My approach: biogeography seen from a geological perspective
The distribution of many modern terrestrial species can be explained by a handful amount of large-scale dispersals and that these episodes will likely become more numerous under climatic stress. The chronology of past dispersals, recorded in paleontological archives, has historically been used to date the assembling or dismantling of continental landmasses; it has played a critical role in the validation of plate tectonics and is a key to understand modern biogeography. However, the underlying mechanisms governing past and modern dispersals remain nebulous. Recent advances in paleontology and paleogeography have shown that the creation and disappearance of land bridges alone often fail to explain episodes of faunal dispersal.
My work relies on an integrated approach to paleo-biogeography that considers landscape beyond the position of continental landmasses and shorelines; I reconstruct the evolution of past dispersal corridors by incorporating paleo-topography, paleoenvironments, and overwater dispersal routes to paleogeography. The reconstruction of dispersal corridors, integrated with paleontological data, contributes to developing a new science of species dispersal and diversification in deep time, while solving the chronological and mechanistic enigma of some of the most important dispersal events of the paleontological record.
The nature of this work is multidisciplinary – a requirement while working in biogeography. I have been immersed in biogeography and multi-disciplinarity since my PhD, focused on the paleoenvironmental and paleogeographical context of the anthropoid primates of Myanmar. As a sedimentary geologist, I decipher terrestrial sedimentary archives to reconstruct past climates and landscapes, while relying on biologists and paleontologists to complete my expertise in biogeography.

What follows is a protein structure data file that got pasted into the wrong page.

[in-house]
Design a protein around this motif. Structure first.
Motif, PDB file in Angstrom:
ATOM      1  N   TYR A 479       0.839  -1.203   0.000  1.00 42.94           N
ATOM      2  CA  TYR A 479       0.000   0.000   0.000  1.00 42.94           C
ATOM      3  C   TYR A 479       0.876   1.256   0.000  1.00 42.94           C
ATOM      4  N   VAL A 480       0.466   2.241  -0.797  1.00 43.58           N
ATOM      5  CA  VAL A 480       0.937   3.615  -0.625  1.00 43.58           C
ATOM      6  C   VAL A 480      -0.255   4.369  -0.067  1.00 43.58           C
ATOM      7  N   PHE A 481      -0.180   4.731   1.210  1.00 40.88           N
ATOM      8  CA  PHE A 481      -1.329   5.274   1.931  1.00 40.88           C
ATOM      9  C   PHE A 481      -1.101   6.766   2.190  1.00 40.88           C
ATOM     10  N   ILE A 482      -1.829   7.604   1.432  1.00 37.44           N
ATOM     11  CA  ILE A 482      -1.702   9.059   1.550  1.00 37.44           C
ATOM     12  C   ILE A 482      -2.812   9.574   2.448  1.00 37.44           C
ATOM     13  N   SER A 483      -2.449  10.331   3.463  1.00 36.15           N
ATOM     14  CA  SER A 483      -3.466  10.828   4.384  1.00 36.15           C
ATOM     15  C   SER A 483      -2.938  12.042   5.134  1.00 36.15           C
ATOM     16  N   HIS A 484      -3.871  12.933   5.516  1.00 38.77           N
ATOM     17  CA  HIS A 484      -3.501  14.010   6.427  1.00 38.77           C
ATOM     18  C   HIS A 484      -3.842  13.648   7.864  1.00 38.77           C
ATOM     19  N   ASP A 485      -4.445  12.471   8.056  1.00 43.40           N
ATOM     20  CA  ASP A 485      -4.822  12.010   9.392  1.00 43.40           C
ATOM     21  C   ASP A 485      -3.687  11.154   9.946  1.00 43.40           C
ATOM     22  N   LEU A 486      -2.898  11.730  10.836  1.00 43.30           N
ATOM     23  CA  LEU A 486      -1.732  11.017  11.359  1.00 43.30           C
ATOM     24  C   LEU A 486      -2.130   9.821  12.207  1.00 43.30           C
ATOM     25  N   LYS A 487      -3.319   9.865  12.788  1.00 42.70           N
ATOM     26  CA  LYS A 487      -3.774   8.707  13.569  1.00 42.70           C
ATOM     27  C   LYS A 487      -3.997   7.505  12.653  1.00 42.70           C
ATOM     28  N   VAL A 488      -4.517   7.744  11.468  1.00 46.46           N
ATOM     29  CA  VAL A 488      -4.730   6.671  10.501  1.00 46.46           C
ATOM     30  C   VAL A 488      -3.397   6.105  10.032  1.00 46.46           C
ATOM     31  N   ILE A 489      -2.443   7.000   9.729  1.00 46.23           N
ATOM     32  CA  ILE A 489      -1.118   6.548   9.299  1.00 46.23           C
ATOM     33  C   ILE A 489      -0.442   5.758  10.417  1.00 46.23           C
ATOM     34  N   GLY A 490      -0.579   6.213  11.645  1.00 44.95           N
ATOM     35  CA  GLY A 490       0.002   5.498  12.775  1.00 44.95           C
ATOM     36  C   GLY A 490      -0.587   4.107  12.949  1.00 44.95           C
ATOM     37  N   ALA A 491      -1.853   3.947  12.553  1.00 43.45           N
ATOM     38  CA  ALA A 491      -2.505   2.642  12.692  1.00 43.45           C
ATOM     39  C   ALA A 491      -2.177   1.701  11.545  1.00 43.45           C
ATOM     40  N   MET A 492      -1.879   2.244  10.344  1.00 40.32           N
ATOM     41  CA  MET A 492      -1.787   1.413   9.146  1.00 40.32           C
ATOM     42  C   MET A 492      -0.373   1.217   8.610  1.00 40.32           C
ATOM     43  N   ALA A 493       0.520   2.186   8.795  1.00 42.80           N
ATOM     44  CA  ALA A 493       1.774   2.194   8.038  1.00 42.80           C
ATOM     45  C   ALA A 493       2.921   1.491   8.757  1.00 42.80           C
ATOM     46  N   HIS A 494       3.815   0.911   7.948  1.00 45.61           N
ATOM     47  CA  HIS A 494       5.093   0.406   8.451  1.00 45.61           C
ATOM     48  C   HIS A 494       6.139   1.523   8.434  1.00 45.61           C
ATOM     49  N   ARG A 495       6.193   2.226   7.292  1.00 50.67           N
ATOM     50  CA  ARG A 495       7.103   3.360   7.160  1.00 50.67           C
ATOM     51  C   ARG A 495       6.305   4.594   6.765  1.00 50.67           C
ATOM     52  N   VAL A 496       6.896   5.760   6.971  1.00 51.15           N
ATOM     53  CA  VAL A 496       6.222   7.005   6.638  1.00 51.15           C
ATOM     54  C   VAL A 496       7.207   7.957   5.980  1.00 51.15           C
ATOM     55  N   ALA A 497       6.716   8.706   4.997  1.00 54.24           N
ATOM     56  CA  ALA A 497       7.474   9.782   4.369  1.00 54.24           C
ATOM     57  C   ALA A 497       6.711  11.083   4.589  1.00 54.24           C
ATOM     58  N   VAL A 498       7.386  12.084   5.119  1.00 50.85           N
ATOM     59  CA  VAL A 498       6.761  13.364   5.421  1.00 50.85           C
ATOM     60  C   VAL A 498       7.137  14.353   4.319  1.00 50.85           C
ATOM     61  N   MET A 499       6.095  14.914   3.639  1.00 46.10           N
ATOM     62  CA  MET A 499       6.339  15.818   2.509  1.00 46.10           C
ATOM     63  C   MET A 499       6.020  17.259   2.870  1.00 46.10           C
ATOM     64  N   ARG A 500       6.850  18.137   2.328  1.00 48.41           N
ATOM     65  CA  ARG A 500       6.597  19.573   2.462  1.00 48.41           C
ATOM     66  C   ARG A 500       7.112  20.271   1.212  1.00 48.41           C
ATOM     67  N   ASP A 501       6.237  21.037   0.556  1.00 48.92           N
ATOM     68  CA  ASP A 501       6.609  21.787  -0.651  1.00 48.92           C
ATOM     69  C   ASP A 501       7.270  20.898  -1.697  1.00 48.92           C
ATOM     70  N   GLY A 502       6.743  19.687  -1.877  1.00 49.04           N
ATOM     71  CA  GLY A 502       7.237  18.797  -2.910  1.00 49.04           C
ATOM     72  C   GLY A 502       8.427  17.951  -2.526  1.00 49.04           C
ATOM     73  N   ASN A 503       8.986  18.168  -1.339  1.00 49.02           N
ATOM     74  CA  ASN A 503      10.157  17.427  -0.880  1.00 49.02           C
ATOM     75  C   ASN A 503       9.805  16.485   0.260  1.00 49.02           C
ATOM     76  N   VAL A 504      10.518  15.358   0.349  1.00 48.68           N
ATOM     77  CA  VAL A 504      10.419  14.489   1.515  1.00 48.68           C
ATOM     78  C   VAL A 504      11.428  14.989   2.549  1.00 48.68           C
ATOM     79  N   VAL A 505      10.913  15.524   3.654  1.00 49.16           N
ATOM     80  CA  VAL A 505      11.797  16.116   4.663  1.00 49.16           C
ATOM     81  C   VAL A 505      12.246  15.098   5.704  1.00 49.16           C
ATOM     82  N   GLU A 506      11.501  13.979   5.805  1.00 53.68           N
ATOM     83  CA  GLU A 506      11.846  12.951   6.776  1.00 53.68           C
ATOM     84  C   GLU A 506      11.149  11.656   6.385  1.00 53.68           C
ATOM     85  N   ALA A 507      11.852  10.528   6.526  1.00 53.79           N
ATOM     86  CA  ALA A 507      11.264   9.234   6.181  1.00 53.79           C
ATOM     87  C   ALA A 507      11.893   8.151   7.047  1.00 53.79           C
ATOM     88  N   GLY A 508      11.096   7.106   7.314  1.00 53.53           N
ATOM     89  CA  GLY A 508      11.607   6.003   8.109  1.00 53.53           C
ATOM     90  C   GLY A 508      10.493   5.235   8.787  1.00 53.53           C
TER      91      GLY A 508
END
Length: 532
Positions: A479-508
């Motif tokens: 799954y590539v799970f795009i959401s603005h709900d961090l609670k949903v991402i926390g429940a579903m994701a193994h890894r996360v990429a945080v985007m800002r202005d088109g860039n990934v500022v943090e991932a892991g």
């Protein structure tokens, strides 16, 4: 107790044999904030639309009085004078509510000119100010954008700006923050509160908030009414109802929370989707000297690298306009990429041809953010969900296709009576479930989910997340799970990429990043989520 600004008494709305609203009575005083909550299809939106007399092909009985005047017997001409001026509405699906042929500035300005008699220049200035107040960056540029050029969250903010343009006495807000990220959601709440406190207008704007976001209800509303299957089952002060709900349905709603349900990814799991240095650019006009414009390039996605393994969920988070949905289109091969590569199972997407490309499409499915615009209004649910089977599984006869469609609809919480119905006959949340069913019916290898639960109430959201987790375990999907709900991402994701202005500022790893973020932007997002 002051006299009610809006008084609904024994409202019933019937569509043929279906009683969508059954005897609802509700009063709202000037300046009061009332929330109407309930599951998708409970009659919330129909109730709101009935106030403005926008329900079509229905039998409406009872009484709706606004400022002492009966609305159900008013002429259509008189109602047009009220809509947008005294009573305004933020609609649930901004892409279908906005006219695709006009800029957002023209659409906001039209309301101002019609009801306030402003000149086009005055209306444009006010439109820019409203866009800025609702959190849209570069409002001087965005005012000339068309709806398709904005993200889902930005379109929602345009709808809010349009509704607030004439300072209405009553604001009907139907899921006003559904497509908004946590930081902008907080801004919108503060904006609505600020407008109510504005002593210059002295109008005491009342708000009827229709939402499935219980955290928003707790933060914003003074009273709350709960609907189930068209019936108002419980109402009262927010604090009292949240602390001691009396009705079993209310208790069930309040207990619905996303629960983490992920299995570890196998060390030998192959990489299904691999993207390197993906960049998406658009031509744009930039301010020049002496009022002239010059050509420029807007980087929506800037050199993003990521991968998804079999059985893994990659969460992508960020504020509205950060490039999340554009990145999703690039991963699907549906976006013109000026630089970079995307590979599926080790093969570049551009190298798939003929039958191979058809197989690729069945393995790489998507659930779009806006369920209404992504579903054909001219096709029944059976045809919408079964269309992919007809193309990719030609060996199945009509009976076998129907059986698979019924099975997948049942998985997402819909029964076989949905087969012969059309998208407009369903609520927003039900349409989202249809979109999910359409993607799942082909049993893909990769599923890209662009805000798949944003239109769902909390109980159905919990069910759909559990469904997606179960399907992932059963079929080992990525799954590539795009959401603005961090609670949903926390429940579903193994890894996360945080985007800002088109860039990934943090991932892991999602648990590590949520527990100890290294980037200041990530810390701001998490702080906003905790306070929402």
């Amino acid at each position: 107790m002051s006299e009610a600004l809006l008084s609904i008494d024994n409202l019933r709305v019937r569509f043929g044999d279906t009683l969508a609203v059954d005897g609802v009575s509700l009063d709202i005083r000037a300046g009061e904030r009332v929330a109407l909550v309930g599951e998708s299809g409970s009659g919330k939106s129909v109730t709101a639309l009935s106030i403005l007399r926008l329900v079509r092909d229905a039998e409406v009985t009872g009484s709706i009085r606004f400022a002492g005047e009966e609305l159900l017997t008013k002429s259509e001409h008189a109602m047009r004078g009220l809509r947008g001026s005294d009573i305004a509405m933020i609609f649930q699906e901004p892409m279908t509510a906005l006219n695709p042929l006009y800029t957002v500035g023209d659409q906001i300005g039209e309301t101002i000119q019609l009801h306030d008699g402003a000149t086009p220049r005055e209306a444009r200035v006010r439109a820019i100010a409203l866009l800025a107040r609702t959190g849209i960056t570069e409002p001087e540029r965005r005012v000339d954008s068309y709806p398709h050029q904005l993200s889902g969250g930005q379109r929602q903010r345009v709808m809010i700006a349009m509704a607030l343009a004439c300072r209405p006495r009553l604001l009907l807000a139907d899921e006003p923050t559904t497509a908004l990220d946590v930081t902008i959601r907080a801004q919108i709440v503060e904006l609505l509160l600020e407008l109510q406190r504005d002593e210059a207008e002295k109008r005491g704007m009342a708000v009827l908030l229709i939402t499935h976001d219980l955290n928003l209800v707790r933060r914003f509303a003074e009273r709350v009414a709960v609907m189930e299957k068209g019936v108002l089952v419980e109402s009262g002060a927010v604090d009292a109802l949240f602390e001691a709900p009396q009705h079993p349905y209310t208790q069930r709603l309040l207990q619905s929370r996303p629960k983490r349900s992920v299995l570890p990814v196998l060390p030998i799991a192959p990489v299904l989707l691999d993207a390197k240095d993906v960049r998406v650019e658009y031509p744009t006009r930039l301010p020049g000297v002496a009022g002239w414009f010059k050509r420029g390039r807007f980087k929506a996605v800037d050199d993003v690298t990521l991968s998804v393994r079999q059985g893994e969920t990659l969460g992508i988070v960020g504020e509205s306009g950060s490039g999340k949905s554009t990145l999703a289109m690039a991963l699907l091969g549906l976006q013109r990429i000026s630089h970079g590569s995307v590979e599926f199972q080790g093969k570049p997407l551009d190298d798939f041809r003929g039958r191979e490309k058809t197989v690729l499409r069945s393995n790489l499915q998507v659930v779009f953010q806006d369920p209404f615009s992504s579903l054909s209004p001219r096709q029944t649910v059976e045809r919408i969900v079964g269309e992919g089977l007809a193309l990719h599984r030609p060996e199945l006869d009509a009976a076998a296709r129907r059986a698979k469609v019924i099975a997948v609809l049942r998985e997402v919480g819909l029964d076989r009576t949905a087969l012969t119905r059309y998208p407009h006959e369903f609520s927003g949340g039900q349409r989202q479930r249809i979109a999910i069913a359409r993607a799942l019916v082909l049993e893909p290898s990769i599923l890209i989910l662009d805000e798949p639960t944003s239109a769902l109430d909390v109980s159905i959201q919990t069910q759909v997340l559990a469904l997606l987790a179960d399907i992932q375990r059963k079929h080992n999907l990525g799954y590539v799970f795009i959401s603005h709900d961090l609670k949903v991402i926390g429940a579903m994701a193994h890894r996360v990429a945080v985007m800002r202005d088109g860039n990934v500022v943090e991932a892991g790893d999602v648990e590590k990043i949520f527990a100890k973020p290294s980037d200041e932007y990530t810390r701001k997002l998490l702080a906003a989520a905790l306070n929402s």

Many of my research projects focus on the Paleogene period (66-34 million years ago) because it is a period with numerous and intense climatic events and paleogeographic changes associated with many discrete dispersal events. The Paleogene also provides interesting analogues for the on-going climate changes -with impressive shifts in atmospheric concentration in carbon dioxide, ice sheet extent and global temperature. I have been focusing on five different projects:
My projects share the common theme that they use sedimentary geology, geochemistry, and geochronology tools applied on continental rocks as proxies for reconstructing past environments and paleogeography.
The tools I commonly use include:
–Stable and clumped isotope geochemistry to reconstruct paleoclimates.
–Basin Geology, clastic sedimentology & pedology to interpret past depositional environments.
–U-Pb, Nd & Sr geochronology to date sedimentary rocks and study their provenance.